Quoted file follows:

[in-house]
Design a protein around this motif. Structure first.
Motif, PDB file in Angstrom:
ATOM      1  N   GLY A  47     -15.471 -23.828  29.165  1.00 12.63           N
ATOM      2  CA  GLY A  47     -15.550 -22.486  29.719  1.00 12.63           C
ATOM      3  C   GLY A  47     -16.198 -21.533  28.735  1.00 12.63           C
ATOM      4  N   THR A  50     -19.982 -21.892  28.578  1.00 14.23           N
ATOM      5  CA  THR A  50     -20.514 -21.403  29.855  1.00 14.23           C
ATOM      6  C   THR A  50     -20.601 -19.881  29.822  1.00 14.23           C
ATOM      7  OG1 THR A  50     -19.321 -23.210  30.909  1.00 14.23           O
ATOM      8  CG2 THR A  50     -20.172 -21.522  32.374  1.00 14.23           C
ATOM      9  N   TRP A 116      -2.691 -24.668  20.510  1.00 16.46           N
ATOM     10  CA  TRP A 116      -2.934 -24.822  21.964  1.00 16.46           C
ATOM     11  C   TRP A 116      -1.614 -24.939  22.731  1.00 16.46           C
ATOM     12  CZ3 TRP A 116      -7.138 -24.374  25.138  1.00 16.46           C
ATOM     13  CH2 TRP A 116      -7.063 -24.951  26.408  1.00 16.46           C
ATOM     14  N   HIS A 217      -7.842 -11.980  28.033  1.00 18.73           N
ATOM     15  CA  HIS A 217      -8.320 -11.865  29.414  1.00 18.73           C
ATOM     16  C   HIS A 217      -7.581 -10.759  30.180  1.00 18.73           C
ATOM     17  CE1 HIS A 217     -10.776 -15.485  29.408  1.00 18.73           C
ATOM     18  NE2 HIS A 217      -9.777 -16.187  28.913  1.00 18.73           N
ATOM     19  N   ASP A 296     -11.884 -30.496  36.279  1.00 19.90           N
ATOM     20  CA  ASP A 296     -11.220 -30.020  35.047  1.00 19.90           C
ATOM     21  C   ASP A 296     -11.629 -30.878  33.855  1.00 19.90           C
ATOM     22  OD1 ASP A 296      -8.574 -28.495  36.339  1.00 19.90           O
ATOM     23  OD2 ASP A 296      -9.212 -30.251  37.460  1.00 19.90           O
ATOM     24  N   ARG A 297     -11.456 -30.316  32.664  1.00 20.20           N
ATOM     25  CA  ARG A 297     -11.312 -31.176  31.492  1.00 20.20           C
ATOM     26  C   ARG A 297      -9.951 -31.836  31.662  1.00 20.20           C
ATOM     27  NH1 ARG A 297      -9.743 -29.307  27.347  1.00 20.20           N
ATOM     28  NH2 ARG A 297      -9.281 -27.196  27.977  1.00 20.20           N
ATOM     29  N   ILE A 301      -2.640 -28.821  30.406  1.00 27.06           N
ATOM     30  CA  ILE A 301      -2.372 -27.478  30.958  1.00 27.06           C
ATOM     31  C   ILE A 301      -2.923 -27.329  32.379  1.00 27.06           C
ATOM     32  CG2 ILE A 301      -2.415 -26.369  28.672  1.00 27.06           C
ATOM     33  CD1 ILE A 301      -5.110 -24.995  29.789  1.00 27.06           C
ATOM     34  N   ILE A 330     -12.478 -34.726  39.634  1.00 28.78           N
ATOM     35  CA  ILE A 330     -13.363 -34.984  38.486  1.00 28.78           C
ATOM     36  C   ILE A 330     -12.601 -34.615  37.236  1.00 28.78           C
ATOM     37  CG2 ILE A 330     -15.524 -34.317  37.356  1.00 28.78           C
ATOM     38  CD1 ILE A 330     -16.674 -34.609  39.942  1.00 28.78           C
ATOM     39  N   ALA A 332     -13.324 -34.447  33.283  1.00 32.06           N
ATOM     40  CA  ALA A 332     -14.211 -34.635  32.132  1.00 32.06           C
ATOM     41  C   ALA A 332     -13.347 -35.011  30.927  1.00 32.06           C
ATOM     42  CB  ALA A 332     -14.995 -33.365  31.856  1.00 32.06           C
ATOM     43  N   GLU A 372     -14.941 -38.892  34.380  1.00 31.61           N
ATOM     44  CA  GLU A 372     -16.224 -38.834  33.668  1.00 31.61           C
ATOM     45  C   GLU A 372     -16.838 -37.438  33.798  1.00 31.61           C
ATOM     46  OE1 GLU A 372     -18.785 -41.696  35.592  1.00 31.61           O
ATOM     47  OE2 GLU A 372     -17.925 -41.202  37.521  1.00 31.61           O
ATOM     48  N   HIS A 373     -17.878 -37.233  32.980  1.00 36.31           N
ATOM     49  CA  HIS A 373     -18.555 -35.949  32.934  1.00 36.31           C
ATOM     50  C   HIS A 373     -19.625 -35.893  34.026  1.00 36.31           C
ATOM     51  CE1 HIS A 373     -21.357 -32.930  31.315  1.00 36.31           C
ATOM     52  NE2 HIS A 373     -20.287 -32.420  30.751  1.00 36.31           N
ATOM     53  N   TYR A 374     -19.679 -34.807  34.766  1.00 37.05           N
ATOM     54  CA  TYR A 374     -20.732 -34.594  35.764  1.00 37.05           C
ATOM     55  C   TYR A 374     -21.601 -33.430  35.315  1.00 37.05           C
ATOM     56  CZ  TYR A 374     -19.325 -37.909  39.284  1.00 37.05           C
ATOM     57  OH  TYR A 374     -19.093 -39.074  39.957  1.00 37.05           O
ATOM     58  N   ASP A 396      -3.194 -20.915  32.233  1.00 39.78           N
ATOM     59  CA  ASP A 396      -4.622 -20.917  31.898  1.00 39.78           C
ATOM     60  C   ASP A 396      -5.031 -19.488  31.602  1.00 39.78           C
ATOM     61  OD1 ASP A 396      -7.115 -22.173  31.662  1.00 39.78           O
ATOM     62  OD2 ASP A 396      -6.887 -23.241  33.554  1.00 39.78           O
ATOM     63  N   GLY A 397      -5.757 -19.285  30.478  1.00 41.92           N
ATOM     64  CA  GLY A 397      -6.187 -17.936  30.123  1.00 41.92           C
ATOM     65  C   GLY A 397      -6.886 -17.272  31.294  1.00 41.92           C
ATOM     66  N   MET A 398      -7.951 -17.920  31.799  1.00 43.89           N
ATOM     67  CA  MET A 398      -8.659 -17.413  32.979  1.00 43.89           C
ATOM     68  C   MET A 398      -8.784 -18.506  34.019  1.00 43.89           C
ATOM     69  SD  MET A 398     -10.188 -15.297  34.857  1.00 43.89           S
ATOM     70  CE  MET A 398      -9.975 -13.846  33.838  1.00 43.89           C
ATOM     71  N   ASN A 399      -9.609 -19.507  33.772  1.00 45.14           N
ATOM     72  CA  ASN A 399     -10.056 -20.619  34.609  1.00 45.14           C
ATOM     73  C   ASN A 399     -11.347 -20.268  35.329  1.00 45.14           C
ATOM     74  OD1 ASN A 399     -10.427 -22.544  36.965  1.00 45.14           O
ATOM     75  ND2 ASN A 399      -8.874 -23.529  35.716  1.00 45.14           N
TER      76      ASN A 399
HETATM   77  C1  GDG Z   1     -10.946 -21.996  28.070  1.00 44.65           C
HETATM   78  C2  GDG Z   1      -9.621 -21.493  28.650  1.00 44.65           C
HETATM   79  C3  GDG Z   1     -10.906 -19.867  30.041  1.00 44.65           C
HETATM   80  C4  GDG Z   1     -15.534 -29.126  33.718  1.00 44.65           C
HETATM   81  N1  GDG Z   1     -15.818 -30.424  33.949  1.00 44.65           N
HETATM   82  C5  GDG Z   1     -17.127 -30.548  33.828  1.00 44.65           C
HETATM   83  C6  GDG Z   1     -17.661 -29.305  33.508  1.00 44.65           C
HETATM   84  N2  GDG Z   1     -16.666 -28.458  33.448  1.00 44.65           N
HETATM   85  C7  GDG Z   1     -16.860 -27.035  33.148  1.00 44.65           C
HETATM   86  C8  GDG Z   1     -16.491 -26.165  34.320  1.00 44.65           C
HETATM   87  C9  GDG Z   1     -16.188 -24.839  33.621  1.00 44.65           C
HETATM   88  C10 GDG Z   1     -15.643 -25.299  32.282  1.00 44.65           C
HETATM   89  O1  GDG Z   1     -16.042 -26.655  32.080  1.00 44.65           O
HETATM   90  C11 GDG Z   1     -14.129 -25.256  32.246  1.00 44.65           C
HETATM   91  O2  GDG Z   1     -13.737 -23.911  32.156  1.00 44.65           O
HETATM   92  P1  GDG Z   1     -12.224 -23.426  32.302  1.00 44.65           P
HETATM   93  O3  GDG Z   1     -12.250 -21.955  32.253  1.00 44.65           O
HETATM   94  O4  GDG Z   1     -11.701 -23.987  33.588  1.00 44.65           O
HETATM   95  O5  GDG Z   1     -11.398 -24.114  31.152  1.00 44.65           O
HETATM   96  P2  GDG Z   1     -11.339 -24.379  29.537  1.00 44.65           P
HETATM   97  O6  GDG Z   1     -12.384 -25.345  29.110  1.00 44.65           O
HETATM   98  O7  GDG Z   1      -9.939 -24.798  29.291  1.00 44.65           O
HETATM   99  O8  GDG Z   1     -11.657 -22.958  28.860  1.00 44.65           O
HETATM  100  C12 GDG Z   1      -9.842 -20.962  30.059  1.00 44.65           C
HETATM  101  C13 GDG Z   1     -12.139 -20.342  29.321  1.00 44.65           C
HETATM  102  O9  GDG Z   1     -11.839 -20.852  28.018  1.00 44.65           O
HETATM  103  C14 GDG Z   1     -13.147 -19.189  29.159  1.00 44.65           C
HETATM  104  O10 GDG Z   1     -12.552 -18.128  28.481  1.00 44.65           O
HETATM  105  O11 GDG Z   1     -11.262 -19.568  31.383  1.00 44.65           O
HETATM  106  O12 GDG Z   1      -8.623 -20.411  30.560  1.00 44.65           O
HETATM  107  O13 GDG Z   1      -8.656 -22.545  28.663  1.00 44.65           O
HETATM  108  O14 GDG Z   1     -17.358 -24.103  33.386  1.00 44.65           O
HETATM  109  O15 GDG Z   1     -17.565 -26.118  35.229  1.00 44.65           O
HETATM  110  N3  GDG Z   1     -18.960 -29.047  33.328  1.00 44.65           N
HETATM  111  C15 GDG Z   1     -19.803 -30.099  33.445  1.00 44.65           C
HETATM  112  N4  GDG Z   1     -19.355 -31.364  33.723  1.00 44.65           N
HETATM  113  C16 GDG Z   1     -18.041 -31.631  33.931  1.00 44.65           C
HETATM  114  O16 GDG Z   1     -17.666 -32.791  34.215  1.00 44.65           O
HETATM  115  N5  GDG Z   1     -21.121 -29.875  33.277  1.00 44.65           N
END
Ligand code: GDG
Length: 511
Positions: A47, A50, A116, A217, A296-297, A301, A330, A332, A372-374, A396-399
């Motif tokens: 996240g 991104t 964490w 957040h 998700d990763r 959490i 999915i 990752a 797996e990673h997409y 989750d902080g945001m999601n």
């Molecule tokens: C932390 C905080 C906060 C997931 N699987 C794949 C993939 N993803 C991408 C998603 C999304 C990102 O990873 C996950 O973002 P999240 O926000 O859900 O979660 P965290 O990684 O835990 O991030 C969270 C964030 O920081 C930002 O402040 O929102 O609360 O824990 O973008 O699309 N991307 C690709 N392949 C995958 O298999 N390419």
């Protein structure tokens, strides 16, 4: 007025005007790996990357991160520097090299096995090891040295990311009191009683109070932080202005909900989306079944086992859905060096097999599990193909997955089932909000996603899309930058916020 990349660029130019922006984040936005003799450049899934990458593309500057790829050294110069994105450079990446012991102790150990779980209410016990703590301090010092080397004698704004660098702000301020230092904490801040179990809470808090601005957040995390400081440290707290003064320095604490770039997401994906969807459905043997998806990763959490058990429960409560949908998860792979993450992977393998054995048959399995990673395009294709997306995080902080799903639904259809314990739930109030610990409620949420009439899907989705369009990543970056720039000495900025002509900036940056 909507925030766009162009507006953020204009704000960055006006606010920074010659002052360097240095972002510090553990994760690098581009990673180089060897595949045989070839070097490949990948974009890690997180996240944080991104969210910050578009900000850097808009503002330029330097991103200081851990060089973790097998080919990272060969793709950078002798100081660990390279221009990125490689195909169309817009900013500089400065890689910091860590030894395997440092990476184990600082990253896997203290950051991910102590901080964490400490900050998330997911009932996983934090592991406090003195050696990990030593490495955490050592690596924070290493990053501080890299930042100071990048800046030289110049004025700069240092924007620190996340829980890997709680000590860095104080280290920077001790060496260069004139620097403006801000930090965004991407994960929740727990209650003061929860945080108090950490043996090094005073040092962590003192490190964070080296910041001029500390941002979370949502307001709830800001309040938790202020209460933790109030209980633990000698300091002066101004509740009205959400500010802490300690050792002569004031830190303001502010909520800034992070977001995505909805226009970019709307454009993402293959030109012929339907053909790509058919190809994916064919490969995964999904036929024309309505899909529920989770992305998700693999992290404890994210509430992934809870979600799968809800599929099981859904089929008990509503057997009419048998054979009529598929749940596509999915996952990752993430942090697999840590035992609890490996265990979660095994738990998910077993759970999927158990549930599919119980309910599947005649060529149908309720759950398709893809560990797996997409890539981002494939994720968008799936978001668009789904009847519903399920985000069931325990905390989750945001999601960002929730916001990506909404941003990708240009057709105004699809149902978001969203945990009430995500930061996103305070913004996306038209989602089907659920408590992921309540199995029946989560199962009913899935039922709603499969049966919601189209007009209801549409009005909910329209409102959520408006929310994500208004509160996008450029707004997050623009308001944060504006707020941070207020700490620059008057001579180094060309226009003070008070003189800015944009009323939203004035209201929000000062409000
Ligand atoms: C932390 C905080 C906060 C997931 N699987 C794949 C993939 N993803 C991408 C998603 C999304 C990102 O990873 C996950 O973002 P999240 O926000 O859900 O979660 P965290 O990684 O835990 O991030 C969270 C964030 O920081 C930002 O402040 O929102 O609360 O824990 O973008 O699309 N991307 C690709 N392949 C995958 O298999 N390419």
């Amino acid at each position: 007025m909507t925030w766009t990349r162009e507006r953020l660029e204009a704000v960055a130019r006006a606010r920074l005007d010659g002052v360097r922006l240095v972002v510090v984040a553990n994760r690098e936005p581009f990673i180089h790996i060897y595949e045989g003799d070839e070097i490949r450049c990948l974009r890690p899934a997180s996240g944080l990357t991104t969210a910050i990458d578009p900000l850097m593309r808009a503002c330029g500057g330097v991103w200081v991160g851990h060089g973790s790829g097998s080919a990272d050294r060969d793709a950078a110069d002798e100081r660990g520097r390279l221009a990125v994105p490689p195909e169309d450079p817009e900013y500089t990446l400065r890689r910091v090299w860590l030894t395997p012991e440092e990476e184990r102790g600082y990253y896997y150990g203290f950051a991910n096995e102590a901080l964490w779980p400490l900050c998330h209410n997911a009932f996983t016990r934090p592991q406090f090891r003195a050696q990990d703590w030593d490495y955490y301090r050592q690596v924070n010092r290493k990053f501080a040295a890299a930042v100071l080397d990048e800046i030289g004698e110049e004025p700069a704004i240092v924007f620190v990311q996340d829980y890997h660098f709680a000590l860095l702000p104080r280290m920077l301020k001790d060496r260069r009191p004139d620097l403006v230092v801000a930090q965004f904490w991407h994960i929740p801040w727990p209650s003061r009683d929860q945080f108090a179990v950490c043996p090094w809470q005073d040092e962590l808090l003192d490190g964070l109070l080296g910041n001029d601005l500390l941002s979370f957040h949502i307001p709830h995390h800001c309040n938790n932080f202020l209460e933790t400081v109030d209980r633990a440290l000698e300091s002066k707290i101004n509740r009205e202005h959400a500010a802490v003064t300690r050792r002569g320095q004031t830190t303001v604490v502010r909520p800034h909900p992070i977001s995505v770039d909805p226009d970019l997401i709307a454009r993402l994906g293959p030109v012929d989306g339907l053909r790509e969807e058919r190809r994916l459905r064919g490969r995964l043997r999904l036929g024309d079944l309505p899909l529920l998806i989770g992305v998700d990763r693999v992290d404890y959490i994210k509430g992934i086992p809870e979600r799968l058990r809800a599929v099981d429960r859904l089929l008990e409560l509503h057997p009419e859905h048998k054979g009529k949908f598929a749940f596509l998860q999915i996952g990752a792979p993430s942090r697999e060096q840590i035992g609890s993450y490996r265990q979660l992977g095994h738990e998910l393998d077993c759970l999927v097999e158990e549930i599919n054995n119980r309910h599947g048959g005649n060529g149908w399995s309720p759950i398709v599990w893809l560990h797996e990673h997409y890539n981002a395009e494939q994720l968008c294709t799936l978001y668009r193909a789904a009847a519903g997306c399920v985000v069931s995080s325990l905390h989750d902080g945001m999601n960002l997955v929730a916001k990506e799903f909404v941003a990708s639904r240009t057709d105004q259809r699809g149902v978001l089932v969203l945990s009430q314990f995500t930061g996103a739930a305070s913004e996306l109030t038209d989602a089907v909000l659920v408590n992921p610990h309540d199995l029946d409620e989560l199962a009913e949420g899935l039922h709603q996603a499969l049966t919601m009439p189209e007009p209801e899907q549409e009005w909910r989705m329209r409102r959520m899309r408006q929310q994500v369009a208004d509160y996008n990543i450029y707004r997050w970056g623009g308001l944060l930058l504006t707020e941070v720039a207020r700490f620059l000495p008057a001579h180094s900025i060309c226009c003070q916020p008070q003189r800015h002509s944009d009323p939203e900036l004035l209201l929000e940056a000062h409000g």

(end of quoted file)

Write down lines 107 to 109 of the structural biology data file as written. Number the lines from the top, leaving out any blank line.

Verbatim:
HETATM  104  O10 GDG Z   1     -12.552 -18.128  28.481  1.00 44.65           O
HETATM  105  O11 GDG Z   1     -11.262 -19.568  31.383  1.00 44.65           O
HETATM  106  O12 GDG Z   1      -8.623 -20.411  30.560  1.00 44.65           O